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Sara Carter joins ‘Hannity’ live from the southern border; we have ‘football fields’ of people waiting to come into the country



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Sara Carter and President for the National Border Patrol Council Brandon Judd joined ‘Hannity’ live from the southern border to discuss the ending of the Trump era Title 42. “We have had nothing but chaos” Fox News host Sean Hannity began the segment.

“It is going to get worse. They are trying to hide this from the American people” Carter explained. During her interview with Senator Budd, Carter explains she was asked to turn the cameras around so as not to show the huge influx of people waiting to get into the United States.

We are witnessing “football fields” of people trying to come into the country, Sara added. Another concern is that amount of “military aged” young single men are coming in by busloads. These are not women and children or the vulnerable; these are men coming in alone, not with families they are providing for.

Sean begs the question as to what, if any, vetting systems are in place in order to know who is coming in. “The only thing we do is fingerprint them, see if they have a criminal record here in the United States, check if they have an Interpol hit and that is it. We cannot check anything in their countries” laments Judd.

“Joe Biden stole every single one of our tools” Judd adds. “I spoke with the Biden transition team before he took office and told them exactly what they needed to do and they completely ignored everything.” Because “they wanted this to happen. This is by design” Judd concludes.

“Someone has to put a stop to this” Carter says, discussing the horrific occurrences such as child sexual trafficking being inflicted on the migrant children.




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German Homeschooling Family in Tennessee Faces Deportation After 15 Years



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The Romeike family, originally from Germany, has been living in East Tennessee for 15 years, but now they face an uncertain and devastating predicament that could result in deportation back to their home country.

According to reports, Uwe and Hannelore Romeike, along with their children, fled to the United States after facing fines for homeschooling their children in Germany, where homeschooling is considered illegal.

The Romeike family’s journey began when they left Germany after authorities there imposed fines for their choice to homeschool their children, citing the country’s goal of fostering an open and pluralistic society.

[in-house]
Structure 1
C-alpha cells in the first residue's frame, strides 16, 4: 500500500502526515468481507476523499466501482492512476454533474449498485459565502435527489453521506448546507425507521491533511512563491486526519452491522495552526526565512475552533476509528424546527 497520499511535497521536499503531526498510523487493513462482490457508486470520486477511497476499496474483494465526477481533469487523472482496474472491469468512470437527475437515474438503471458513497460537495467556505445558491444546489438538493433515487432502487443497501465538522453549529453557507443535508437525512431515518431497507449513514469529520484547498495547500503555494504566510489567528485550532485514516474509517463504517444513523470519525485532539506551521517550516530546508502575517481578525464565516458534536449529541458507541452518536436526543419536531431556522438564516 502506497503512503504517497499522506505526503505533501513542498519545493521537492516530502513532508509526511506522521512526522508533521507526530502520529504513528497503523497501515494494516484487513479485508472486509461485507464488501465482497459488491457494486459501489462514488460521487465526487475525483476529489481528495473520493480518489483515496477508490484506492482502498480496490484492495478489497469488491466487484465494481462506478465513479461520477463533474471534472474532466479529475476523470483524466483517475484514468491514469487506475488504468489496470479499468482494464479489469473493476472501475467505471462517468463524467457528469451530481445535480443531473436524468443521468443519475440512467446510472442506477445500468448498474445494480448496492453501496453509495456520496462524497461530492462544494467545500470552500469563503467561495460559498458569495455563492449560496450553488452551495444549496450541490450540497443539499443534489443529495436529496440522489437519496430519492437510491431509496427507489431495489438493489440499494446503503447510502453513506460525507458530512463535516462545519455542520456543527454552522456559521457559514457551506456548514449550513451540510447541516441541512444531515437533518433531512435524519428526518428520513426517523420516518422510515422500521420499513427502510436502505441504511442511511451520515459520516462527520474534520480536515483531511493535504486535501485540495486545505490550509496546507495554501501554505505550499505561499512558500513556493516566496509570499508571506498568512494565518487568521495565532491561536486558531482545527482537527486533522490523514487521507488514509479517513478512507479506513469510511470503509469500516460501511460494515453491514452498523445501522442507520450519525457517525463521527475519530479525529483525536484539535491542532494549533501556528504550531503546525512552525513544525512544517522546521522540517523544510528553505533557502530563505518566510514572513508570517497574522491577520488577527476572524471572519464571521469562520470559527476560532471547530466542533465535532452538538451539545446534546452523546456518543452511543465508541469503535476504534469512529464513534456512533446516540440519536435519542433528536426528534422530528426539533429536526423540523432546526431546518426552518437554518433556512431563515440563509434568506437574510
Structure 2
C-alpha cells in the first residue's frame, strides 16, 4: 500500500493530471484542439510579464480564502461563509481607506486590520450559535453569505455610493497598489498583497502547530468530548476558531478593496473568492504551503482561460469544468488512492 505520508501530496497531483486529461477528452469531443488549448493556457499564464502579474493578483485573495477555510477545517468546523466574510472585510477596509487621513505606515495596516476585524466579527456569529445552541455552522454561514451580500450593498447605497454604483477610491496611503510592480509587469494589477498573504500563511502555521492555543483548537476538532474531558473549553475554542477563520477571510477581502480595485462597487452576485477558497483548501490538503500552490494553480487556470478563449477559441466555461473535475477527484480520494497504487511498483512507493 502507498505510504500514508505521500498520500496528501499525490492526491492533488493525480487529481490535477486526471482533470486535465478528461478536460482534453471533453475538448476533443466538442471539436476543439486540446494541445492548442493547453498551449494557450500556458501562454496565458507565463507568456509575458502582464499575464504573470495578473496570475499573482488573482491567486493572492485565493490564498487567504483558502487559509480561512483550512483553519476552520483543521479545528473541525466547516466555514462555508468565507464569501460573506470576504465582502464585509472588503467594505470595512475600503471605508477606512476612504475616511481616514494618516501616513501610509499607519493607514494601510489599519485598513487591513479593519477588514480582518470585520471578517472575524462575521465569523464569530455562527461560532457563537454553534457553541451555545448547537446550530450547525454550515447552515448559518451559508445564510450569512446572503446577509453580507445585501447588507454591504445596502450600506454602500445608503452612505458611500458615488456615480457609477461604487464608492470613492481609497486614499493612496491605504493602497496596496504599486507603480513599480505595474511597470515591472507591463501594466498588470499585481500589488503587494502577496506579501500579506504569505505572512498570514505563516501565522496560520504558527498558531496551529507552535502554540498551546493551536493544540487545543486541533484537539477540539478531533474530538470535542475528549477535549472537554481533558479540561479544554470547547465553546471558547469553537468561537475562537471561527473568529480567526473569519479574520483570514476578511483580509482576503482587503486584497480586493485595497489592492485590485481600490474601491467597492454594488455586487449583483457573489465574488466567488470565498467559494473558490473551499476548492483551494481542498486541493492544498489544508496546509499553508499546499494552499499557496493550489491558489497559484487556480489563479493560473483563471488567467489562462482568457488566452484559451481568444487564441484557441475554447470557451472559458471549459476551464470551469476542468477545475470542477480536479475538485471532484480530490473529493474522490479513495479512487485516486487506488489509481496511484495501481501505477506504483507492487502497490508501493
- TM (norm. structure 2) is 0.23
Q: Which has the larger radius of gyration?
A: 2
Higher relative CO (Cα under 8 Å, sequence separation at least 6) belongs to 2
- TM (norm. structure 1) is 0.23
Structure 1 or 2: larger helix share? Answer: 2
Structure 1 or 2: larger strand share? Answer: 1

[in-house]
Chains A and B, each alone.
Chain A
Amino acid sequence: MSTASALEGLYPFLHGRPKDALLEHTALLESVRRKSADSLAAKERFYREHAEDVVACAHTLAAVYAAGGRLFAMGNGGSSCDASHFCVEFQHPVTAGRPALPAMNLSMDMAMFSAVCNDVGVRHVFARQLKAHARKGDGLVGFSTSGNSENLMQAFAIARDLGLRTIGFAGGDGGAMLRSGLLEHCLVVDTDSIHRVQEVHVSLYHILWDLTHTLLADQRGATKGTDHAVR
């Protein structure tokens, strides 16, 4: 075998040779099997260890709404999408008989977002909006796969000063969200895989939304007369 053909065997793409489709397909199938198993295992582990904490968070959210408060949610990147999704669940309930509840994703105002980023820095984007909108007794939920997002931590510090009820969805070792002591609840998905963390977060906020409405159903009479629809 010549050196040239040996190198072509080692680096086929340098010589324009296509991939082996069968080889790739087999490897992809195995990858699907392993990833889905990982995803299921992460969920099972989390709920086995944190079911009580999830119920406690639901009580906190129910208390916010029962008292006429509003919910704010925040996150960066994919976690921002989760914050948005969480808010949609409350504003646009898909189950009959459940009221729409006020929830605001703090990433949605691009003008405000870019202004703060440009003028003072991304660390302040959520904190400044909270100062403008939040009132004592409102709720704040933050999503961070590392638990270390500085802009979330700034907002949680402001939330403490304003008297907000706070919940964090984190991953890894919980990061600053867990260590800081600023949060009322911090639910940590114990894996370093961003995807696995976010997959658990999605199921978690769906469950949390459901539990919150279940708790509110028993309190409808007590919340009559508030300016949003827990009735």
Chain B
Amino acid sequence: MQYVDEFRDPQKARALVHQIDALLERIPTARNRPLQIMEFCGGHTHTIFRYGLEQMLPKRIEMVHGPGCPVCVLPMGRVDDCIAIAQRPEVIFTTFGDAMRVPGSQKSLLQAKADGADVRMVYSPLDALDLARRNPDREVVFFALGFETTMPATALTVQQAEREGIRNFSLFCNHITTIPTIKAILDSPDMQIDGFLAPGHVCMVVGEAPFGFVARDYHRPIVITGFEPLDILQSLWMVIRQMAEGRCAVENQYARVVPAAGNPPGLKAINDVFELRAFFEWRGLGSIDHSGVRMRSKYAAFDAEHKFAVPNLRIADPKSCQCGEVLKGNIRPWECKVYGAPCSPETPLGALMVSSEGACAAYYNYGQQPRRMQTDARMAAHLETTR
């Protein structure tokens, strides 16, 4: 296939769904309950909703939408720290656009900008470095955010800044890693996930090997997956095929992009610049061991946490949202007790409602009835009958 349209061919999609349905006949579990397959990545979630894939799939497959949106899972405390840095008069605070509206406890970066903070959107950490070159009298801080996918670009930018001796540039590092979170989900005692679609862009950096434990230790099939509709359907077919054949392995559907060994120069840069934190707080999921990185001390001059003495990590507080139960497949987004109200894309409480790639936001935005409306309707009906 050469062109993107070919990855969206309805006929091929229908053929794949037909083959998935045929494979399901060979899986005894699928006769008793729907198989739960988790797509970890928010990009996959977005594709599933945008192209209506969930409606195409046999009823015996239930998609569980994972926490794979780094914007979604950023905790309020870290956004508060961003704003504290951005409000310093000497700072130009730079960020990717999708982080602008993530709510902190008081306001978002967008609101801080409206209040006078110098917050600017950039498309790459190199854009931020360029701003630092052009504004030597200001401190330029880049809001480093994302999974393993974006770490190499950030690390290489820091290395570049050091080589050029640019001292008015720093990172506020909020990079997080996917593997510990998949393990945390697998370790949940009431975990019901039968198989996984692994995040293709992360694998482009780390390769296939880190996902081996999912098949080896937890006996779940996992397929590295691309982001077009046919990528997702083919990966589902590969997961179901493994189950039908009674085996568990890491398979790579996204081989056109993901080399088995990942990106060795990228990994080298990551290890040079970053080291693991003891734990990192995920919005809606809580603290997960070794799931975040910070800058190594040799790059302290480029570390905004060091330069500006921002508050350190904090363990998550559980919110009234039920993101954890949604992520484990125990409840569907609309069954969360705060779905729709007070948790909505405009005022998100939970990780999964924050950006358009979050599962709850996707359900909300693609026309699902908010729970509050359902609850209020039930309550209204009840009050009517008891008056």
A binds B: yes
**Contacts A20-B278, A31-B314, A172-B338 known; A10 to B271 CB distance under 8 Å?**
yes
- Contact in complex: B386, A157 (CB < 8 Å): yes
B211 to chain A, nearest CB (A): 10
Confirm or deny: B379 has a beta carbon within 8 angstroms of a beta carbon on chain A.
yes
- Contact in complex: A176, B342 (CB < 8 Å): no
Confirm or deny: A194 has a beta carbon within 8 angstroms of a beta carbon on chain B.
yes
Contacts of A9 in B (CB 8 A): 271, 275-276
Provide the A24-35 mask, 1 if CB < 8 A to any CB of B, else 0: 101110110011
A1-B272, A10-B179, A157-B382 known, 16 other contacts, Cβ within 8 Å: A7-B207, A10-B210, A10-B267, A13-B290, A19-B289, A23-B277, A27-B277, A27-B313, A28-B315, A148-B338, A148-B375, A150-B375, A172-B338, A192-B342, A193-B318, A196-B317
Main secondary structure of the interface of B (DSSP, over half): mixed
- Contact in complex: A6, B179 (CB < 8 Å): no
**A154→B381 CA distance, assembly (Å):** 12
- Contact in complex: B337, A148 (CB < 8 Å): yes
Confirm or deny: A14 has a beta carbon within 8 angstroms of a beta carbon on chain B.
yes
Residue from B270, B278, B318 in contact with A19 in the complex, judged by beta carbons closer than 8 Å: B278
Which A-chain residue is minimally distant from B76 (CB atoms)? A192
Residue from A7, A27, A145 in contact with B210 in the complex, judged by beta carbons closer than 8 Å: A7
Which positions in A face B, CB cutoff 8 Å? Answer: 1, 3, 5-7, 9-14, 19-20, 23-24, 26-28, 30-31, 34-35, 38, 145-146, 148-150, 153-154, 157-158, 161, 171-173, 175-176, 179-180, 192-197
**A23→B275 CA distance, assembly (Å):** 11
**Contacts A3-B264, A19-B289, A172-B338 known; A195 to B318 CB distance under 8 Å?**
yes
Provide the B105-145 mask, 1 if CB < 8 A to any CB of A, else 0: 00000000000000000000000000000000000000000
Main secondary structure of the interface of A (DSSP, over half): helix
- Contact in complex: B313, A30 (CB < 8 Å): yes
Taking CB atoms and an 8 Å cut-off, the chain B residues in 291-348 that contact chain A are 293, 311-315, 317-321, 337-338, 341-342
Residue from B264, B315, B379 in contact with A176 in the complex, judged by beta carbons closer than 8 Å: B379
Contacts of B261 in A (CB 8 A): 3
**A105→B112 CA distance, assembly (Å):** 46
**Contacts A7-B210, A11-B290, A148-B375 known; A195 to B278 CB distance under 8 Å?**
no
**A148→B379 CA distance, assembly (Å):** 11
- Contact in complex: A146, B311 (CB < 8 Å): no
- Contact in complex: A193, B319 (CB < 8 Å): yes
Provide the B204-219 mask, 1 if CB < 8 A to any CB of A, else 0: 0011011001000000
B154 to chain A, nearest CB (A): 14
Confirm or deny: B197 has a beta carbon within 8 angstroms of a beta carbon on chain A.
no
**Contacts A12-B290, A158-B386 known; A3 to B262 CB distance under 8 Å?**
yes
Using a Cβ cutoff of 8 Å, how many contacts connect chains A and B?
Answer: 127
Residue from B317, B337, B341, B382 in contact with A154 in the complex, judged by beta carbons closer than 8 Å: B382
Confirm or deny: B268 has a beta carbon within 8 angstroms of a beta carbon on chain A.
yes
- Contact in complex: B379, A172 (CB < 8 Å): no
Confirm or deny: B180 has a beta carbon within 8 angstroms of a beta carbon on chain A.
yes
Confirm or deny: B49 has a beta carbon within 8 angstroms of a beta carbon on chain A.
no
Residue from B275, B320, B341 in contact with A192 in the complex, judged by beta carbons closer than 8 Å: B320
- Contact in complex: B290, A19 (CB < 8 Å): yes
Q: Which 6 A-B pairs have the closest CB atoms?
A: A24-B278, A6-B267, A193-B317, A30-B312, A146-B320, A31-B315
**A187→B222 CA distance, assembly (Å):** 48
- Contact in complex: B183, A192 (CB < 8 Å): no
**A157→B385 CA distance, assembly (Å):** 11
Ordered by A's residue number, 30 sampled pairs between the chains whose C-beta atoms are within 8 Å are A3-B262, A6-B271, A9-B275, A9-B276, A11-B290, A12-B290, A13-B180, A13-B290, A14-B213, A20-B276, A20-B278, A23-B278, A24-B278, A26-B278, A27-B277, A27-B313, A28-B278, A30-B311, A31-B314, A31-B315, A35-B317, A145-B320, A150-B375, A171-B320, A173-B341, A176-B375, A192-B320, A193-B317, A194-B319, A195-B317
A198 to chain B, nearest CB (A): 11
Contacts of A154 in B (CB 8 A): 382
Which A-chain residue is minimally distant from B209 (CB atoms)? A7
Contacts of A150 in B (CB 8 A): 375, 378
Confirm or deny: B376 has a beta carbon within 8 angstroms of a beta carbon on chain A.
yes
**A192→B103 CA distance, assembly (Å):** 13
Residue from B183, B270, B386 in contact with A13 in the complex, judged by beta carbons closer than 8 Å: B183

In their pursuit of a more accommodating environment for homeschooling, they sought asylum in the United States. Initially, an immigration judge found their asylum claim appropriate, stating that the Romeike family had a well-founded fear of persecution due to their participation in the particular social category of homeschoolers.

Kevin Boden, an attorney representing the Romeike family, explained, “The Obama administration appealed that decision to the Board of Immigration Appeals. That appeal court agreed with them, as did the Sixth Circuit, and the Supreme Court denied it… We think this is, in fact, an asylum case. We do think they have a well-founded fear.”

However, their asylum claim was eventually denied, with authorities arguing that they weren’t persecuted in Germany due to their homeschooling practices. Despite the initial support for their asylum claim, their stay in the United States now faces an uncertain future.

The Romeike family’s plight is compounded by the fact that homeschooling remains illegal in Germany, and if deported, they would likely face the same persecution they fled from years ago.

“They did not tell us anything. We don’t really know why [this is happening]. We wonder ourselves because we can’t understand,” Uwe Romeike said in a recent interview.

Hannelore Romeike added, “[Homeschooling] is illegal [in Germany].”

Their attorney, Kevin Boden, also emphasized the ongoing persecution faced by homeschooling families in Germany: “I can tell you today, I talked to families today that have fear in Germany, and the fight there, the persecution there, is very real today as it was 15 years ago.”

The Romeike family’s future remains uncertain as they await further legal decisions regarding their immigration status, raising questions about the balance between parental rights and educational policies in both Germany and the United States.

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